What's The Plural Of Fish Fry?

Man, do we love ourselves a good fish fry. The Lenten tradition began in predominantly Roman Catholic areas where communities, abstaining from meat on Fridays, would come together to batter and fry fish. Most often associated with the Midwest, these meals have their own rituals, recipes, and cultural history rich enough to fill an entire book. But all that aside, we've stumbled across a pesky question: What's the plural of fish fry—fish frys or fish fries?


Crux—"a news site dedicated to offering the very best in smart, wired and independent coverage of the Vatican and the Catholic Church"—dove into the question last month. Like us, Crux's editors went straight to the Associated Press Stylebook, a grammar and style bible for journalists (to keep the religious metaphor going here). Unfortunately, there's no entry specifying fish frys or fish fries. Crux ultimately defers to Webster's New World dictionary's entry: fish fries.

Yet, doesn't that sound like a fry made of fish? A chicken-fry knockoff, calling to mind images of fish sticks?

We put the question to our own panel of experts.

First up, Carol Deptolla, dining critic at the Milwaukee Journal Sentinel. We figured a Wisconsin dining authority would provide a help answer. She tells The Takeout the paper's style guide specifies the plural as "fish fries." She did add, however: "But don't let that stop you."


Next up, Jenny Pfafflin, Takeout contributor and founder of the informal fish-fry enthusiast group, the Chicago Lenten Fish Fry Club: "I have leaned toward 'fish frys' because it showcases itself as its own thing, if that makes sense."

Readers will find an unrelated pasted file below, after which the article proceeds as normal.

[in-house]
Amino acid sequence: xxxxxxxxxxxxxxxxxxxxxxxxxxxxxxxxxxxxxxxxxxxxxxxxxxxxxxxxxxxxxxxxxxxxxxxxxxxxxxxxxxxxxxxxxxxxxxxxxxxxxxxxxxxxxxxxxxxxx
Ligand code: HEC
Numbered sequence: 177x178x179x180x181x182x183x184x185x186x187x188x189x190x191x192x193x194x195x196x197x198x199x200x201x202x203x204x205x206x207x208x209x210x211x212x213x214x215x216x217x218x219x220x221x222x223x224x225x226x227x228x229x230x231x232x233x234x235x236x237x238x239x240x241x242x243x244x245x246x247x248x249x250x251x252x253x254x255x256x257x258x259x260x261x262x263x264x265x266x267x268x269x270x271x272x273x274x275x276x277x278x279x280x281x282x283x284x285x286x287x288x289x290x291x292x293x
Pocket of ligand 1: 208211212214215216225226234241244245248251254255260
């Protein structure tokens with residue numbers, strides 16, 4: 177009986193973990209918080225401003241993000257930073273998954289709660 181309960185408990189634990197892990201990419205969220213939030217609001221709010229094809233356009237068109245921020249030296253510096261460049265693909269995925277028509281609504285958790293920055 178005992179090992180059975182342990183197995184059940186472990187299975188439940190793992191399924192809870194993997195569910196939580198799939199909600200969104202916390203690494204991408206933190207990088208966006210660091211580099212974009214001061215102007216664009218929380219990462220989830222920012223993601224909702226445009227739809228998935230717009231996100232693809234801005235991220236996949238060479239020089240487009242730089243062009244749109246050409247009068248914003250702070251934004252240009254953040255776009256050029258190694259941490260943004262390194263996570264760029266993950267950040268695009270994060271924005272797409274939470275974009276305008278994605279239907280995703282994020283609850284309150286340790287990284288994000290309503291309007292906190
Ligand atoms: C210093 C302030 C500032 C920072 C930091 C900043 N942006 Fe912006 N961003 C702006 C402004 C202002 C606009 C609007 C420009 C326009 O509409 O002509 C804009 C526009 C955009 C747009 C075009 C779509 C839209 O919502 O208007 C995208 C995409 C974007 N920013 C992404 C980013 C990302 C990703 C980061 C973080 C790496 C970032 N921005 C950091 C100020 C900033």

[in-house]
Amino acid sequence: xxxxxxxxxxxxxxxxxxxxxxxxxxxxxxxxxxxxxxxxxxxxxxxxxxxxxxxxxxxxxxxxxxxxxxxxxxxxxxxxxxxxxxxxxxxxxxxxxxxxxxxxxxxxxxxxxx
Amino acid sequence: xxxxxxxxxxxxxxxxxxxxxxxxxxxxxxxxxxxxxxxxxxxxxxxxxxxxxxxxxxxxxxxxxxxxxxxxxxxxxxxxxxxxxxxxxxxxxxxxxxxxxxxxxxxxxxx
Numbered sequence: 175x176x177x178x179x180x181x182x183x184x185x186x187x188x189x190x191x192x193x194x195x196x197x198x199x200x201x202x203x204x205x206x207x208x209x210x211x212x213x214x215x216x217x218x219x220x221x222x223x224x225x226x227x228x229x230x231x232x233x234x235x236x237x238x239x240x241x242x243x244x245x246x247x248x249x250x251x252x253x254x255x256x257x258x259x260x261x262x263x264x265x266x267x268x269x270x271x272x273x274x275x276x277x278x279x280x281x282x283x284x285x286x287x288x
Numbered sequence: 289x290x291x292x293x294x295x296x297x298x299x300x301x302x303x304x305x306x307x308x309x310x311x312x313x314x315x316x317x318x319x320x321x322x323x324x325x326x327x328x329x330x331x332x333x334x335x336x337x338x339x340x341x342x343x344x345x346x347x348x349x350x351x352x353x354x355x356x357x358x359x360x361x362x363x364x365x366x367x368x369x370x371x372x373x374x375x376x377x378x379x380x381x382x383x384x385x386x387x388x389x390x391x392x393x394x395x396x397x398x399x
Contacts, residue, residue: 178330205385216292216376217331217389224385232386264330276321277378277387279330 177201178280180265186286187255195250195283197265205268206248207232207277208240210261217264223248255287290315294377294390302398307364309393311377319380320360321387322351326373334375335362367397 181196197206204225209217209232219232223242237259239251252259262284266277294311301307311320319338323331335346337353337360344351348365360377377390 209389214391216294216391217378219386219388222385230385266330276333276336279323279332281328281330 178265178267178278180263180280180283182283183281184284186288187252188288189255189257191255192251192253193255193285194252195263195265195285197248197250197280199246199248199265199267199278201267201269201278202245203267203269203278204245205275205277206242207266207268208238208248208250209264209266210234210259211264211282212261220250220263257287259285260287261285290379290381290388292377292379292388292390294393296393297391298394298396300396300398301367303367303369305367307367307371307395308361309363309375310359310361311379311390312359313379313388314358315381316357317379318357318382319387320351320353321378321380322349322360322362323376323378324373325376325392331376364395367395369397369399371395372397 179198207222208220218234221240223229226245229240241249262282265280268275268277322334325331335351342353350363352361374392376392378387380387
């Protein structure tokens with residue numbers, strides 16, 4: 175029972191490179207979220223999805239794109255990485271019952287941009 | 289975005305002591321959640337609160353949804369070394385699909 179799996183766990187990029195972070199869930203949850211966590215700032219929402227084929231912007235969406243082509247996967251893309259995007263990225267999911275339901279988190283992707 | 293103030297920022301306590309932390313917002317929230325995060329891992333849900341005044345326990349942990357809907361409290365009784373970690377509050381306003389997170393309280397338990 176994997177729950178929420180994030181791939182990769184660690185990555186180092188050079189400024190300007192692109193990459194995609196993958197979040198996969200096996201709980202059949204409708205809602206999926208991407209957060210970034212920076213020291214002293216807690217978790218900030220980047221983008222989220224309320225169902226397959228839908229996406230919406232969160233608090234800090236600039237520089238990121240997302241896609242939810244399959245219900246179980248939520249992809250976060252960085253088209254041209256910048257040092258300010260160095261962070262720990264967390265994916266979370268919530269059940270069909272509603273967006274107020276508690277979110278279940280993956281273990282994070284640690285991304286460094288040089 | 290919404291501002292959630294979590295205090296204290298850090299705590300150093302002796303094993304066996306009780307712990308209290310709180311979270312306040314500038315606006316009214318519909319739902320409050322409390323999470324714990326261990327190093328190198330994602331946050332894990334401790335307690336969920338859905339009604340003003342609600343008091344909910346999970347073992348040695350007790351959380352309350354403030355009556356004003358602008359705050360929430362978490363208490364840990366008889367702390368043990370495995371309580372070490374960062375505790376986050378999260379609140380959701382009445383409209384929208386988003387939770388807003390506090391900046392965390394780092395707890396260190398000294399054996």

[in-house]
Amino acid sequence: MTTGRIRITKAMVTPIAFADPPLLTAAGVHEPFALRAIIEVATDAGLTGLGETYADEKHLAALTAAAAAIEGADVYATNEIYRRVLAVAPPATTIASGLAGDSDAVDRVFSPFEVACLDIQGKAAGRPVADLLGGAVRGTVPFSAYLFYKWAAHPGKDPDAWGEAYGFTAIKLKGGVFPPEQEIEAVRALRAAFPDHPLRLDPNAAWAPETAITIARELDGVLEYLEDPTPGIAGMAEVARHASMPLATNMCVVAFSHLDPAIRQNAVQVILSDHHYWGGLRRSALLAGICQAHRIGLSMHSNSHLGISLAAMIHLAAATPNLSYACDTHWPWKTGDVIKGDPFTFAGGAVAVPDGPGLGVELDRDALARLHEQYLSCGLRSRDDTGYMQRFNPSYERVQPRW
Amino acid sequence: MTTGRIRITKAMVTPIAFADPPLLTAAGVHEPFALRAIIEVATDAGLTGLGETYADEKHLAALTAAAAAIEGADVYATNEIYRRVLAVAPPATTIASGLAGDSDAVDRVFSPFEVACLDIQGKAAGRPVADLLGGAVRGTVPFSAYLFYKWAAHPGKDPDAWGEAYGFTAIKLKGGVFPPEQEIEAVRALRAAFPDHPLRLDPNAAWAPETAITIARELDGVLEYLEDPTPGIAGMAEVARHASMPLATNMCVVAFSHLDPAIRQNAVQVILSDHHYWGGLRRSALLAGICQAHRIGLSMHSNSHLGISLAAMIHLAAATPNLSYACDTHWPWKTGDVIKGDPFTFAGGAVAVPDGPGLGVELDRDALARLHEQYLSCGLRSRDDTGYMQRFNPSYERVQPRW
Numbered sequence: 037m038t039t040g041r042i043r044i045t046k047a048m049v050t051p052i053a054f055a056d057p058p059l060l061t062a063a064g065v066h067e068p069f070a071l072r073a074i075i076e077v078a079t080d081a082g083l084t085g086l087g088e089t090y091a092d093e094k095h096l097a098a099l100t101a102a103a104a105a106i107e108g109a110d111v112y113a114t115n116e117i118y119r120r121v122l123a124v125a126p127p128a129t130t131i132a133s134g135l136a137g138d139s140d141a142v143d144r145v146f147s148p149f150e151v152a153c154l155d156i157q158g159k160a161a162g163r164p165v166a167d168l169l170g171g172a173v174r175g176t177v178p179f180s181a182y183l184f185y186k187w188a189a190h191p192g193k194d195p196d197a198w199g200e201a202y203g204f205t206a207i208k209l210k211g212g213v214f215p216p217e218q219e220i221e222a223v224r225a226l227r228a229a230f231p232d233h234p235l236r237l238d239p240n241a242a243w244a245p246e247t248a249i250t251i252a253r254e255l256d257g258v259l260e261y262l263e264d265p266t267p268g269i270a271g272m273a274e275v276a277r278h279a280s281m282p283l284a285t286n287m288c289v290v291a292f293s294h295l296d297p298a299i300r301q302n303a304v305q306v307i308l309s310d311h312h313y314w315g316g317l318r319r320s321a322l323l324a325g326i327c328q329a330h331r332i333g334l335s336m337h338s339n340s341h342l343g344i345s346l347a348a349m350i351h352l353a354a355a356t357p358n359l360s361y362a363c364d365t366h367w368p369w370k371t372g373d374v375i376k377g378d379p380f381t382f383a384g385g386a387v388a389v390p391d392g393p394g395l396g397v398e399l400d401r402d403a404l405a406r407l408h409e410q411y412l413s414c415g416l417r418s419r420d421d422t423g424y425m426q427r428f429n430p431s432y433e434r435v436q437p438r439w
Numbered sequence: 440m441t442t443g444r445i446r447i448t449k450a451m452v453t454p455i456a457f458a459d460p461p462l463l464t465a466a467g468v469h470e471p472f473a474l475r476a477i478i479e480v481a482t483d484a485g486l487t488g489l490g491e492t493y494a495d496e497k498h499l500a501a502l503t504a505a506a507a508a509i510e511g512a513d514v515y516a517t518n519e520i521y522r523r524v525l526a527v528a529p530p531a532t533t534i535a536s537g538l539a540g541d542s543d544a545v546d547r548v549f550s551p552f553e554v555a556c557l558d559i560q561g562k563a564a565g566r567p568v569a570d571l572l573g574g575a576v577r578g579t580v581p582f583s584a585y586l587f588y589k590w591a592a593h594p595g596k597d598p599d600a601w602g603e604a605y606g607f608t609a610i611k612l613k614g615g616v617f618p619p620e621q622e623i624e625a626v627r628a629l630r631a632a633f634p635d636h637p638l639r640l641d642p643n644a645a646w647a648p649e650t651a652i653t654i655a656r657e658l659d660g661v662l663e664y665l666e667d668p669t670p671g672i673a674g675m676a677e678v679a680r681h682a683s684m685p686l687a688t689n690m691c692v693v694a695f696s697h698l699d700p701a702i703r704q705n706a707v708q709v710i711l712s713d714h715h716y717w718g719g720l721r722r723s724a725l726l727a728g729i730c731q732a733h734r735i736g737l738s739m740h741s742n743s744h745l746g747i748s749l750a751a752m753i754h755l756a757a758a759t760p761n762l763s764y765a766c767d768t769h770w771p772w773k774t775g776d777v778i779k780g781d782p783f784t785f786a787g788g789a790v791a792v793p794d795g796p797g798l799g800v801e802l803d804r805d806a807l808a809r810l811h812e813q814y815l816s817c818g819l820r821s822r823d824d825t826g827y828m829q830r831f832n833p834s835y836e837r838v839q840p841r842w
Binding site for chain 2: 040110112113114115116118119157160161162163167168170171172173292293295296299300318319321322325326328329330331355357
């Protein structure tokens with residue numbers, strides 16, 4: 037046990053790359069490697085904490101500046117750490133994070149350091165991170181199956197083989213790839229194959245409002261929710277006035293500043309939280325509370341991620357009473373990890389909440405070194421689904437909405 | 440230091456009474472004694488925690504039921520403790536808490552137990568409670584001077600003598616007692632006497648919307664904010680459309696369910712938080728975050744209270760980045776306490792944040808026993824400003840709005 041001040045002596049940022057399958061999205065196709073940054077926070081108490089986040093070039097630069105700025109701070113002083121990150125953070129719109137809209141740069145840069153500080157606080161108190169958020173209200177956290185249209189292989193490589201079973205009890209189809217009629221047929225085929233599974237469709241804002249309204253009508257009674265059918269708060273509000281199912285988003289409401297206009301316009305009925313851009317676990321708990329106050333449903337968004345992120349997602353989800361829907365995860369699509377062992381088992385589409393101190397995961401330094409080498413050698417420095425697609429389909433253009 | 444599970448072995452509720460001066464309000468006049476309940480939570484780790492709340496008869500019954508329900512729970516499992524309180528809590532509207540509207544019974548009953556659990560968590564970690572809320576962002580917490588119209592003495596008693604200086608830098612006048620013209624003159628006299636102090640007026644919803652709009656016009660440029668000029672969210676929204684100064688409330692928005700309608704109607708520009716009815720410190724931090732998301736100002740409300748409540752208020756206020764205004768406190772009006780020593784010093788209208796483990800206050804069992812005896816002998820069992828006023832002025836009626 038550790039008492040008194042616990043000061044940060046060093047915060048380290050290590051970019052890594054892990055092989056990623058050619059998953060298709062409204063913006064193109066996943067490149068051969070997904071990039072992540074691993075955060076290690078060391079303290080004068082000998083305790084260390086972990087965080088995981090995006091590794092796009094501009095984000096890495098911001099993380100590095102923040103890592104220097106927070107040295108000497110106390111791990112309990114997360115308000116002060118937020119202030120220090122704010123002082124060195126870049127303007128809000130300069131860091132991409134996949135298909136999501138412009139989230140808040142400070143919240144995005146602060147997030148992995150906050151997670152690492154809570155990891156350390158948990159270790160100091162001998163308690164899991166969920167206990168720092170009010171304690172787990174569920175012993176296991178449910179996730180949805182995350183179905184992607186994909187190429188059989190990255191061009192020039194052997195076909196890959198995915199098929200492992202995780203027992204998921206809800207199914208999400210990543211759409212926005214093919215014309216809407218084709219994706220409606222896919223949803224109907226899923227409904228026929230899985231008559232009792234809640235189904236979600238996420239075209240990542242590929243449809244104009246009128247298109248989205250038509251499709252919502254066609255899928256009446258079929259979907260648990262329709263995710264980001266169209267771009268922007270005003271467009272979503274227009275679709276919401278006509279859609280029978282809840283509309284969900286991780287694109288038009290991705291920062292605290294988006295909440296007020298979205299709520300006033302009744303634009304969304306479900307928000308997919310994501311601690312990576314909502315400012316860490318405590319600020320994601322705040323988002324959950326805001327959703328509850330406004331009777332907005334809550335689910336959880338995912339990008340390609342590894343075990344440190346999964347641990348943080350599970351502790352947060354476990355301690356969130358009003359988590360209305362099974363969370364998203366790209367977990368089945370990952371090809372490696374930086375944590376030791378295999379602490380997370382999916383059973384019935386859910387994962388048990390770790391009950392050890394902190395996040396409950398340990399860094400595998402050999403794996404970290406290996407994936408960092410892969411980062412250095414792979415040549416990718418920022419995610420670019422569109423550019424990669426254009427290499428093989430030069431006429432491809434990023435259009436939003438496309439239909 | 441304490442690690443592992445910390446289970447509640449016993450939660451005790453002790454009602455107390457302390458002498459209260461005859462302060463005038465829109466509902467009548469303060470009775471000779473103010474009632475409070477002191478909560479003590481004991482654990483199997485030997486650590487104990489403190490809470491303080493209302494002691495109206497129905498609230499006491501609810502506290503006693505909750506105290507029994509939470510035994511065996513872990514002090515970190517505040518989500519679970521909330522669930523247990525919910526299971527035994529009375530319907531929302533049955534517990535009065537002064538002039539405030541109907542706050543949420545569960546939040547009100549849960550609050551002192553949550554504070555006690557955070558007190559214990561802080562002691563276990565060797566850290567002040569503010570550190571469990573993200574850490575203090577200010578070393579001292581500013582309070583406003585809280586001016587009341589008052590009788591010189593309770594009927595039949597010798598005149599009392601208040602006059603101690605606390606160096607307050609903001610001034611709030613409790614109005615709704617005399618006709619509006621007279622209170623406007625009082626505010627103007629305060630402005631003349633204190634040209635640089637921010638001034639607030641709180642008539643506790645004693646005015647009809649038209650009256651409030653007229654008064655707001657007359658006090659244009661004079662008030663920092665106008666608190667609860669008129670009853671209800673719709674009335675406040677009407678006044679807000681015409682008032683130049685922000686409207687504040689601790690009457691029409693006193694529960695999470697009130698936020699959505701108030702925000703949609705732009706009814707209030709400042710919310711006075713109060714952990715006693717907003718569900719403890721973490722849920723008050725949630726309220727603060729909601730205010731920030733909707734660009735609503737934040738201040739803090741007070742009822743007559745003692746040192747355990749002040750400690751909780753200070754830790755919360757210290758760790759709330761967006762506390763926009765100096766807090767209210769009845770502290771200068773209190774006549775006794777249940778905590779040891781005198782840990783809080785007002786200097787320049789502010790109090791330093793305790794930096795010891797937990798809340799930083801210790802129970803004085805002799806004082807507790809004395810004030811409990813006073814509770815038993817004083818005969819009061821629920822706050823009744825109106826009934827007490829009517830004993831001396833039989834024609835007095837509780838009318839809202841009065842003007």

It does indeed.

We then posed the question to Laura M. Browning, executive editor at The A.V. Club and a board member at ACES: The Society For Editing. "I would need to look into this," she tells The Takeout. "My gut says that 'fish frys' is probably how they're spelled on supper club signs and such, and if that's the case, there'd be an argument for using the same form that everybody is already using. And there's also an argument to be made that 'fish frys' distinguishes it from 'fish cut and fried in the shape of french fries.' On the other hand, grammar rules."

Lastly, we consulted Benjamin Dreyer, copy chief of Random House and author of Dreyer's English: An Utterly Correct Guide to Clarity and Style. We reached out to him via Twitter:

This is hardly consensus. Grammatically, it seems "fish fries" is preferable, but "fish frys" more clearly conveys the specific concept to which we are referring. It seems on the question of fish-fry grammar, there's no sole answer, so we'll continue to mullet over. We'll get back to you with an official declaration, hope-filet soon.


The A.V. Club, like The Takeout, is owned by Univision Communications.